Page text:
Experts weigh in on Dubai’s proposed ‘smart rental index’
The Dubai Land Department (DLD) announced a new rental law in the works that will enhance transparency in real estate leases. Calling the new regulation a smart rental index, the DLD is making the switch from a one-size-fits-all index to a more specific benchmark for each type of asset class, whether residential, office, retail, health care or schools. The index will also include sub-categories based on how a property is maintained or built.
“The Dubai Land Department considered new law a necessity for keeping abreast of the continuous development of Dubai’s rental market, where rental dispute claims have increased in recent years,” says Mohammad Ahmad Yahya, deputy executive director of the Rental Affairs Sector of the DLD, tells PW. “However, these claims only make up 2 per cent of total registered rental contracts. We are working on a smart rental index that will focus on a number of aspects and include different characteristics and specifications of the rented property in Dubai. The new law is currently under discussion with the relevant authorities for final approval. It will further regulate the rental relationship between landlords and tenants and guarantee their rights, ultimately reinforcing the stability of Dubai’s real estate sector and attracting investments.”
Law No. 26 of 2007, as amended by Law No. 33 of 2008, regulates the relationship between landlords and tenants of all types of real estate in Dubai. The rental dispute settlement centre (RDC) was established in 2013 as a judicial arm of the DLD to resolve rental disputes.
The RDC and the introduction of a rental cap and rental index has been quite revolutionary in the existing relationship between a tenant and a landlord, says Philip Sequeira, head of property regulatory at Hadef and Partners.
“Dubai is a unique market with a high proportion of renters when compared to owner-occupiers, and historically there have been shortages in supply,” says Sequeira. “Therefore, there was a requirement to regulate landlords and provide more protection for tenants. The landlord-tenant [LT] Law and RDC have achieved these goals.”
Sequeira says the present law covers all leases in Dubai, except specific free zones. However, there still exists confusion on several issues such as the rental index, application of certain provisions vis-à-vis commercial leases, malls, schools, industrial facilities and so on. Therefore, the authorities have moved to clarify the treatment of different types of leases, which will eliminate the ambiguity that currently exists in several provisions in the law, says Sequeira. He also believes it would also be good to see more regulation applied in respect of security deposits, while establishing a central authority that could hold and regulate these.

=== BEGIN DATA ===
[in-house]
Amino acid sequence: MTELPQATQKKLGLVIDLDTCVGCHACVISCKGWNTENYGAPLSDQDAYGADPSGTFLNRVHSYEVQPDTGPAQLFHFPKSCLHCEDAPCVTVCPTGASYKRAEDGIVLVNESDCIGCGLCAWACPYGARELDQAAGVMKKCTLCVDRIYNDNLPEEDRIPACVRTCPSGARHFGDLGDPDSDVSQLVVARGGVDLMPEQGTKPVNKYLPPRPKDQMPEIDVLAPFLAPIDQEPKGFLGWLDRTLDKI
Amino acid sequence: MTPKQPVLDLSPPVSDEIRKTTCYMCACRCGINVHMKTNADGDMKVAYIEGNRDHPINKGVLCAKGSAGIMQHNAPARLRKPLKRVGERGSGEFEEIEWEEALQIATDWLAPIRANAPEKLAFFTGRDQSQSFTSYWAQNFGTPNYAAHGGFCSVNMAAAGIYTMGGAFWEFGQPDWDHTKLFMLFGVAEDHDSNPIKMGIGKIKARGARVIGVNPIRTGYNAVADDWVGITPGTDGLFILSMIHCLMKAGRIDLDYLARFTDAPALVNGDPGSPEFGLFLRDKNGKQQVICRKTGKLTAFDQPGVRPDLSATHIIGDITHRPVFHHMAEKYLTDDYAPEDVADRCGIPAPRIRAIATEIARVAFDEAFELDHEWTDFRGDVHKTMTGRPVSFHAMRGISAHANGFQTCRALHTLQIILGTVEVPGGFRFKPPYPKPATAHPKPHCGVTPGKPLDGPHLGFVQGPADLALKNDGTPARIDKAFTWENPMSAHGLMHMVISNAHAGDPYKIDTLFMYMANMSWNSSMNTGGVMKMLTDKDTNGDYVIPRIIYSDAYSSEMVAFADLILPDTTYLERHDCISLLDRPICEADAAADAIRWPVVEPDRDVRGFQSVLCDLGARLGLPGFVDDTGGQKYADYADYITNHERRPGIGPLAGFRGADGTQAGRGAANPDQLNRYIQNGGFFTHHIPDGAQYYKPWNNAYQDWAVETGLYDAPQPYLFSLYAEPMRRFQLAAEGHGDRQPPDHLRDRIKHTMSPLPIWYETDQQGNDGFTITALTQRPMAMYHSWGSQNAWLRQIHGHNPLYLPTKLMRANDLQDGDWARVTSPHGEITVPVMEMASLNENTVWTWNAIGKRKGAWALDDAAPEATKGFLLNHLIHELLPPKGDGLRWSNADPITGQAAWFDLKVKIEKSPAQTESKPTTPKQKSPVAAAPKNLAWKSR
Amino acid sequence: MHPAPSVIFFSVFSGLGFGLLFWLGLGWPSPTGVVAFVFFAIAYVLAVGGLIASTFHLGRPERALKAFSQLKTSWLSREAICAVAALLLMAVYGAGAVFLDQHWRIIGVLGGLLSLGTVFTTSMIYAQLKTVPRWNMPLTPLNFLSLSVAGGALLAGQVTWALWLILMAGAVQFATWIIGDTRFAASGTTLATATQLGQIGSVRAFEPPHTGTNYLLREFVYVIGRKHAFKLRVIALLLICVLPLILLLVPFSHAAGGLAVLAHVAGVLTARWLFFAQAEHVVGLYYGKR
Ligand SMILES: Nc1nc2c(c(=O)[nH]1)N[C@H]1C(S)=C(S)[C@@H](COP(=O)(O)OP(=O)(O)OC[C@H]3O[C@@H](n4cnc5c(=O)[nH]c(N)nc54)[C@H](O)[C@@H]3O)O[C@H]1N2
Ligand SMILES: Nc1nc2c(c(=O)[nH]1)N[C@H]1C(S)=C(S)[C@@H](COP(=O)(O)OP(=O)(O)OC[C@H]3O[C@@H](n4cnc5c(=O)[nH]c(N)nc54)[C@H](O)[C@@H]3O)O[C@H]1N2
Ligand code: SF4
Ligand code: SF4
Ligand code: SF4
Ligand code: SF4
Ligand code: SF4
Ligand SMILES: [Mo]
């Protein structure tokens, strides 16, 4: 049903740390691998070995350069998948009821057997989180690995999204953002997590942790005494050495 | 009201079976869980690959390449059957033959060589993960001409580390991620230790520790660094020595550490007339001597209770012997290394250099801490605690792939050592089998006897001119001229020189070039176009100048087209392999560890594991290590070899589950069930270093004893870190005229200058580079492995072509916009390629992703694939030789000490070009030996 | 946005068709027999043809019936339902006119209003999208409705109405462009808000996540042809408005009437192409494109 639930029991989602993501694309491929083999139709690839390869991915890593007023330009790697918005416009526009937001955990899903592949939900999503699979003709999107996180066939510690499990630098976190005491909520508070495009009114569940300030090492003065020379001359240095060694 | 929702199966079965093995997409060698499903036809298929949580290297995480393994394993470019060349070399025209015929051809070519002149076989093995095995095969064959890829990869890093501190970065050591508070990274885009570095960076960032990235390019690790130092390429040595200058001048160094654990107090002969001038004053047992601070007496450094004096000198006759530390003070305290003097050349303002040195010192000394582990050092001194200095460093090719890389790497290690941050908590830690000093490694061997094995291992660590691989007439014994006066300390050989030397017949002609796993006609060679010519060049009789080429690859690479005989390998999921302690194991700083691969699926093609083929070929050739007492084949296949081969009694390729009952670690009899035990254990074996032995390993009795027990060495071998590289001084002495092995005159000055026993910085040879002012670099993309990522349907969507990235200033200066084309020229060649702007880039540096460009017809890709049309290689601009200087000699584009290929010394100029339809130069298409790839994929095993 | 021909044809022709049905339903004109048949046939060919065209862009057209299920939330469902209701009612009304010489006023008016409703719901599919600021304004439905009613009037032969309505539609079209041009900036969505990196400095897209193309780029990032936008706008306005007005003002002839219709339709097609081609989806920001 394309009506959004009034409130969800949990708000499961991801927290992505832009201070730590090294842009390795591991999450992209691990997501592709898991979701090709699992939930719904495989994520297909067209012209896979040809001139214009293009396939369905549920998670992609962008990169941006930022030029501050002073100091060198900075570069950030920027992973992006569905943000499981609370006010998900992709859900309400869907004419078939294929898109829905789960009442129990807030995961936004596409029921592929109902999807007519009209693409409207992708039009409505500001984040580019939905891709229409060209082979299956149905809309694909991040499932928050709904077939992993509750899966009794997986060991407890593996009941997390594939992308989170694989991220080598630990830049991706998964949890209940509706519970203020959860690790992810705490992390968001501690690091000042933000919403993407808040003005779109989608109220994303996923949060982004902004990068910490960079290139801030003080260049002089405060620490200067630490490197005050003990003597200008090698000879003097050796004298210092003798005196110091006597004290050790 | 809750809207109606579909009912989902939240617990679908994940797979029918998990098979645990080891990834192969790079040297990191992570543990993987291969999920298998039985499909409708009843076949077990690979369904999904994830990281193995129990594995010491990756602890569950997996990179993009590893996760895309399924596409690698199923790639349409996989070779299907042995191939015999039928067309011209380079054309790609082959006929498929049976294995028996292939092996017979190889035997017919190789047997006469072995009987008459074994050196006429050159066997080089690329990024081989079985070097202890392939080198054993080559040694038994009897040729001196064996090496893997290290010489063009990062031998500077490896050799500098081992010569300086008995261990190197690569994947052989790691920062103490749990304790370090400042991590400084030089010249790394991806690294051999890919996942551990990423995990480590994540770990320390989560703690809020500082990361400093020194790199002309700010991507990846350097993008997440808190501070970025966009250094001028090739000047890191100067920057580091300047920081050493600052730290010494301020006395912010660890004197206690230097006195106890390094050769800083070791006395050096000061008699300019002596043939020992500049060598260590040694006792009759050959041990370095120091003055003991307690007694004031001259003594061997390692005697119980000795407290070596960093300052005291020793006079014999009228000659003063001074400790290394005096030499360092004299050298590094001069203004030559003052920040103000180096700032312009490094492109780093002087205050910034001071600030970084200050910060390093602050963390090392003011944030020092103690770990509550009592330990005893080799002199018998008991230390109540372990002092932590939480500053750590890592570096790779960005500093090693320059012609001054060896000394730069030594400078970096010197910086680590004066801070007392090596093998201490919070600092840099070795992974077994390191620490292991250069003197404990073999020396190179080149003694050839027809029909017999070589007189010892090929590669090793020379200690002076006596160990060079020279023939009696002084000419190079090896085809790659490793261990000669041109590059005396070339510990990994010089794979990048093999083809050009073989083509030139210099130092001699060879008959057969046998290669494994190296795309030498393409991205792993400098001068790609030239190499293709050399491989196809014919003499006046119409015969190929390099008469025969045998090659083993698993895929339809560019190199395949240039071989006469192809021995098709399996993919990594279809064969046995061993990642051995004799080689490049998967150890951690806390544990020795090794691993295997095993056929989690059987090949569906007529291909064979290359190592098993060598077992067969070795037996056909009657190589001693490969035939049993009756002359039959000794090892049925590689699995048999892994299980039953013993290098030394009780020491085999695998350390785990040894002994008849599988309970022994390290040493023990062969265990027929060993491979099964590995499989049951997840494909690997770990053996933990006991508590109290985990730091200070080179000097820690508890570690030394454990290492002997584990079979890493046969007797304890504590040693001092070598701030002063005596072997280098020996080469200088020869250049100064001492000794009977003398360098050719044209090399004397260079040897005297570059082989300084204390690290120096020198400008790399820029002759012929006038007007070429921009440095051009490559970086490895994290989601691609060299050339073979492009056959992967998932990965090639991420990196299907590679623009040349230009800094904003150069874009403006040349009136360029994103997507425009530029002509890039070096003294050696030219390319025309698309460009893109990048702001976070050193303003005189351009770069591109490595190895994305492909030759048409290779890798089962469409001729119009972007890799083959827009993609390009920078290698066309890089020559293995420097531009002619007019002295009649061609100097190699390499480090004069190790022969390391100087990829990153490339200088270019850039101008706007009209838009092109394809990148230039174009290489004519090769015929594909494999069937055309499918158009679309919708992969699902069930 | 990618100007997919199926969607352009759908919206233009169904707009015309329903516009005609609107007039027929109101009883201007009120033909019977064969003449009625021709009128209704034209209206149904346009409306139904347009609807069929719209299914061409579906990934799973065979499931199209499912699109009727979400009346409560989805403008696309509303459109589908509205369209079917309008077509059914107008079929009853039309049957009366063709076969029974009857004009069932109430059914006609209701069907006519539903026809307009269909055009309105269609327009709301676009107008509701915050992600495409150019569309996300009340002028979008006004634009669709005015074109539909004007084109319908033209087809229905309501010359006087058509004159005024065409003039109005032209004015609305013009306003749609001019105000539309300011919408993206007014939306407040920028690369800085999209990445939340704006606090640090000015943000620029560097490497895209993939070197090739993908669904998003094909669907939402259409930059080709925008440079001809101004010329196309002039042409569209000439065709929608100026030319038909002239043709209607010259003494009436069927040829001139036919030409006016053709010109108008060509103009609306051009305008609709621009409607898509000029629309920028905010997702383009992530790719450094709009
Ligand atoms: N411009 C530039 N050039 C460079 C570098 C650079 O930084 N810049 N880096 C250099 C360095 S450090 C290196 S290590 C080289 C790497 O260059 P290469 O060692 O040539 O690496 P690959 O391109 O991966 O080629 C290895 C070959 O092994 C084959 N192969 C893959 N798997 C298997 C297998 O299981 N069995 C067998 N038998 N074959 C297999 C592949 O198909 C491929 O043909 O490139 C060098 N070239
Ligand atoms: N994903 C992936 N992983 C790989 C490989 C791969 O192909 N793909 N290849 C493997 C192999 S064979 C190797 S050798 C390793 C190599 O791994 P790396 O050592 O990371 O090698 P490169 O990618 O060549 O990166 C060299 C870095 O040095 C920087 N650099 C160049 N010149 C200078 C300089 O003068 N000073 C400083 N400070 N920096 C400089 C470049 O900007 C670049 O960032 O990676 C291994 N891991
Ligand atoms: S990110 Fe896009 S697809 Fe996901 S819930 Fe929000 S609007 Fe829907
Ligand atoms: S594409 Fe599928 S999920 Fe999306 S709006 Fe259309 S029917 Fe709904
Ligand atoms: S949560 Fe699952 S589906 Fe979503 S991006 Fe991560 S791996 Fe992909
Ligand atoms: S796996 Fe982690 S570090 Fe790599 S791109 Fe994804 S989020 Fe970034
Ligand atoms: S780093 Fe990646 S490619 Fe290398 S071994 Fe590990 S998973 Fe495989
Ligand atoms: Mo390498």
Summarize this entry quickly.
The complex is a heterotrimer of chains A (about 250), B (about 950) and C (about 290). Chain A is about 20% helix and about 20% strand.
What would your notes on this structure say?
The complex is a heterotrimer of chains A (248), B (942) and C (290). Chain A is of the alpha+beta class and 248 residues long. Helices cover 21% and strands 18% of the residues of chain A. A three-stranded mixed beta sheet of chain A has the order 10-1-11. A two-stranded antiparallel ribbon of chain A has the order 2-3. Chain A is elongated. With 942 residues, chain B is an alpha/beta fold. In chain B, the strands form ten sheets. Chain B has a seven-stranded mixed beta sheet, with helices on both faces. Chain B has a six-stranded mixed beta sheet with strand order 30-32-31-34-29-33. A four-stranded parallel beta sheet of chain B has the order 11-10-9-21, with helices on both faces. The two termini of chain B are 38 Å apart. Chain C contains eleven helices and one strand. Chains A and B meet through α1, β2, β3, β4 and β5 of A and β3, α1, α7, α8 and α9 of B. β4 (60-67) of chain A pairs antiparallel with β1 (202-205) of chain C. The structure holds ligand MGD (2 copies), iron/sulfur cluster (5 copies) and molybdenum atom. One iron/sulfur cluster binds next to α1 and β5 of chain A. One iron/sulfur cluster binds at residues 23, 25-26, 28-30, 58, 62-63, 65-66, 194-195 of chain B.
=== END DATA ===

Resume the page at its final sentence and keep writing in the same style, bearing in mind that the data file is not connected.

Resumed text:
The rental market benefits from the index, which is updated yearly using information from the Ejari registration, as it allows both tenants and landlords to determine the correct rental value of a property, while preventing excessive increases, says Laura Anderson, leasing manager at Exclusive Links Real Estate.
Anderson says that the unified lease contract recently introduced has also helped enhance transparency in the market as agents and landlord will have to use same contract. She says the contract format could still be improve further by creating unified template for any addendum on the contract.
The tenants and landlords use the rental index to understand the leases applicable in an area as well as the amount by which current rent can be increased. Sequeira says even the RDC relies on the rental index when determining disputes on rents between landlords and tenants. However, it has some limitations.
“The index does not differentiate between types of properties in the same class i.e. residential inside gated communities or with specialist facilities, and there is a lack of clarity on its application to certain shopping malls or commercial areas,” says Sequeira. “There is also confusion when applying the rental index on old and new properties. Although the index covers, residential, commercial, retail, industrial and staff accommodation, there still seems to be a problem when it comes to specific areas and zones.